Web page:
The Minister of Finance, Mr Ken Ofori-Atta, has called for increased investments in agriculture and its value chain by African states to help make the continent food sufficient and lift millions out of hunger.
The minister also reiterated the need for the continent to unite in its fight against the “unfair and ‘perceived’ riskiness of investment opportunities on the continent compared to those in the West.”
He said the united front against the unfair perception of risk was needed to augment efforts to increase investment inflows into the continent.
Addressing the 22nd Annual General Meeting of the ATI in Accra today, Mr Ofori-Atta said African governments must leverage the wealth of continental bodies such as the Africa Trade Insurance (ATI) and the Africa Continental Free Trade Area (AfCFTA) to increase food production and reduce the reliance on imports as well as remove deliberate doubts placed on investments in the continent.
The minister, who is the Board Chairman of the continental trade insurer, was opening the AGM that is being attended by Finance Ministers and representatives from the 20-member countries, investors, board of directors and staff and key officers in the insurance industry in the continent.
He said the fight to make Africa food sufficient was particularly necessary to curb the imminent rise in hunger levels in the continent as a result of the COVID-19 pandemic and the Russia-Ukraine conflict.
The investment banker and economist said that the two global crises were pushing more than 46 million Africans into hunger.
This, he said required that the attainment of a sustainable food and agricultural sector in Africa must become a primary concern for all.
Given the ATI’s wealth of experience and resources, including more than US$580 million of assets under management, a balance sheet of US$767.4 million and profits in excess of US$34.8 million as of 2021, Mr Ofori-Atta said the institution could be leveraged to help address the food challenges facing the continent.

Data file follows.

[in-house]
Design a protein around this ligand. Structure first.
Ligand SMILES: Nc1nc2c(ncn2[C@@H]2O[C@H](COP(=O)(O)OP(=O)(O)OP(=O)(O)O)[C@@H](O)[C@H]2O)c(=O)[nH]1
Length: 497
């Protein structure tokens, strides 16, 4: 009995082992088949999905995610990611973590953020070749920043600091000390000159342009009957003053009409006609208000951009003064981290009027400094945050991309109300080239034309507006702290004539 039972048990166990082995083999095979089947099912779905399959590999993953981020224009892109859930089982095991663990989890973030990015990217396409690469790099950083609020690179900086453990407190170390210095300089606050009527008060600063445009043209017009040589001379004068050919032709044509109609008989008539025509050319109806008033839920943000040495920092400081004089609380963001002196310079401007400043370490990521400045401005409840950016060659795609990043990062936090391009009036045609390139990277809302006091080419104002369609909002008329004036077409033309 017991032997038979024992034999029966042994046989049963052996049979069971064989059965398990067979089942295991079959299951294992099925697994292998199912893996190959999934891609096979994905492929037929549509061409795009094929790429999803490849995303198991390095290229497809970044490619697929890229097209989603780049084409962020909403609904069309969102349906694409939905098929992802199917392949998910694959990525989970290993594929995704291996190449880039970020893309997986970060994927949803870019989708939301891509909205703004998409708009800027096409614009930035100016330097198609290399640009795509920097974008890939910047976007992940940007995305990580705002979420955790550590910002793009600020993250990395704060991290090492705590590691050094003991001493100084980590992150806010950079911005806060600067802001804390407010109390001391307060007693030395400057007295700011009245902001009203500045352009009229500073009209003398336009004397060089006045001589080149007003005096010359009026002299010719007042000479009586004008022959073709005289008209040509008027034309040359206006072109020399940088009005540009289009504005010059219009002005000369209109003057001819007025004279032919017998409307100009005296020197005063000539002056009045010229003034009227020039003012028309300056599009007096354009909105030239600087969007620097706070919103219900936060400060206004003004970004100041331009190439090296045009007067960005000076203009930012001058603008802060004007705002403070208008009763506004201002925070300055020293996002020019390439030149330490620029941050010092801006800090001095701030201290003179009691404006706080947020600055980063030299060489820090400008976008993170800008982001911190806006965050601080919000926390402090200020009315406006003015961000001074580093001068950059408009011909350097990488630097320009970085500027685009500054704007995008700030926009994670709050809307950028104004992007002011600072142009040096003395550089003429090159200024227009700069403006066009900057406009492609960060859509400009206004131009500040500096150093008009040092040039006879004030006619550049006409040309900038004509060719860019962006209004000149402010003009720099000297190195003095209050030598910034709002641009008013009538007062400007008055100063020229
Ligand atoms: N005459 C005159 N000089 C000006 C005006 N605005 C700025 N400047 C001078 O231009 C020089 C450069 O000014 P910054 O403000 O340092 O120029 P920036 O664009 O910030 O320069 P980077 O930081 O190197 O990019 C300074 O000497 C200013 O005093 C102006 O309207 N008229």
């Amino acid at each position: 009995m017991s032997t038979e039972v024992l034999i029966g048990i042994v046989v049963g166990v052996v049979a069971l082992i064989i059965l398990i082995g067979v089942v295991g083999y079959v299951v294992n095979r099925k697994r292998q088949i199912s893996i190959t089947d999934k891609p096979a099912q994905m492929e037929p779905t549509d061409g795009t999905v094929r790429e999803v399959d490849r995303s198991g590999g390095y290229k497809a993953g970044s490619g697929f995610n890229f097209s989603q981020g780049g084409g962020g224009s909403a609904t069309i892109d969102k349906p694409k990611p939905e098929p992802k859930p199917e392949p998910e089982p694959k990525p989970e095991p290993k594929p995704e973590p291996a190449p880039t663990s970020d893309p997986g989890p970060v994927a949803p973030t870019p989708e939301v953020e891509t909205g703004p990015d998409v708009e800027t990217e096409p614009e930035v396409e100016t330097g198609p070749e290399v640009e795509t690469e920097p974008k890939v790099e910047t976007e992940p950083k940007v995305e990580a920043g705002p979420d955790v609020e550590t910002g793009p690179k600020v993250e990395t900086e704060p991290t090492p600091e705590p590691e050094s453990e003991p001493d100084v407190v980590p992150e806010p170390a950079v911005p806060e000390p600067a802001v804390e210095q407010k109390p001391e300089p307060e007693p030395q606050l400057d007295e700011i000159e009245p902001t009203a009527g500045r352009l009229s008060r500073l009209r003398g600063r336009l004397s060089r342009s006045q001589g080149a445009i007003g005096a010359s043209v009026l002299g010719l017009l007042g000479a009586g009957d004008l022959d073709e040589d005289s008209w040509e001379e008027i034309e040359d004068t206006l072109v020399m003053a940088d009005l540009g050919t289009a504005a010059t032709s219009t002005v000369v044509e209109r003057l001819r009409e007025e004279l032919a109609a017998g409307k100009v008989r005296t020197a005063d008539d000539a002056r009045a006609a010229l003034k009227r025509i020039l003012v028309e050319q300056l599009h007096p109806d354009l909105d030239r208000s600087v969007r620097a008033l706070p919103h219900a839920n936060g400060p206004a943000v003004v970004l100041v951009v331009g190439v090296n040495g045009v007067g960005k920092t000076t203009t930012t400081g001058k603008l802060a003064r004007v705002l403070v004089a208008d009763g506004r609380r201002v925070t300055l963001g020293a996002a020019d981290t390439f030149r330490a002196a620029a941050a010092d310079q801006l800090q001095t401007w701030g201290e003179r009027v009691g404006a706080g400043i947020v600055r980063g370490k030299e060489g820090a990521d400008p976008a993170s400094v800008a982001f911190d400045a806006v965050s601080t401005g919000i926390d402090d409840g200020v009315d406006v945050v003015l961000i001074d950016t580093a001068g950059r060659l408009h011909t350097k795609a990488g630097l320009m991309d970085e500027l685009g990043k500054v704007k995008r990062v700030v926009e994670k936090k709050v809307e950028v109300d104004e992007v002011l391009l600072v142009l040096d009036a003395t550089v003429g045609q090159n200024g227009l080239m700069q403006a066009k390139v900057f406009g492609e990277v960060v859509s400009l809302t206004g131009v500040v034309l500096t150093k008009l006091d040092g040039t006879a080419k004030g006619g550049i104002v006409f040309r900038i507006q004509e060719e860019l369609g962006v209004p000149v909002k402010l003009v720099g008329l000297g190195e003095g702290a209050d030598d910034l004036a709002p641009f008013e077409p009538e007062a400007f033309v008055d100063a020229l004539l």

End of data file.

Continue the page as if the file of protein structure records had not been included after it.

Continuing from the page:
“Of course, with inflation at record highs, fertilizer prices more than doubling, and the number of people experiencing hunger estimated to have increased by 46 million in Africa, prioritizing the attainment of a sustainable food and agriculture sector in Africa must also be a primary concern for all of us,” he said, noting that the company was not new to the agricultural sector.
“Permit me to share an example of ATI’s contribution to food security in Africa.”
“At the onset of the pandemic, ATI supported an Agribusiness and Food Company in East Africa with a facility that allowed the company to sell wheat to seven African countries at competitive rates.”
“This transaction was valued at US$11 million and covered against the risk of non-payment.”
“Such support for fortifying food supply chains must continue to be a feature of ATI’s activities, particularly with the operationalisation of the AfCFTA, which creates a single market for goods and services,” he said.
He noted that with the war in Ukraine still raging on, Africa could not afford to be complacent about creating the right conditions for food security and trade growth.
He said it was also clear that policymakers and development finance institutions alike must face up to their shared responsibility for sustaining and strengthening economic recovery across the continent.
The Finance Minister also commended the ATI for its work in Ghana, noting that he was encouraged by the progress ATI had made here in Ghana.
“Since launching its ‘Ghanaian operations’ in February 2020, the institution has been instrumental in enhancing our health sector’s capacity and quality. Additionally, ATI has offered targeted support towards addressing balance of payments challenges and supporting our local currency.
“For us in government, we intend to continue our discussions with ATI on other transactions that support the achievement of objectives within Ghana’s Agenda 2030,” Mr Ofori-Atta said.
BY KINGSLEY ASARE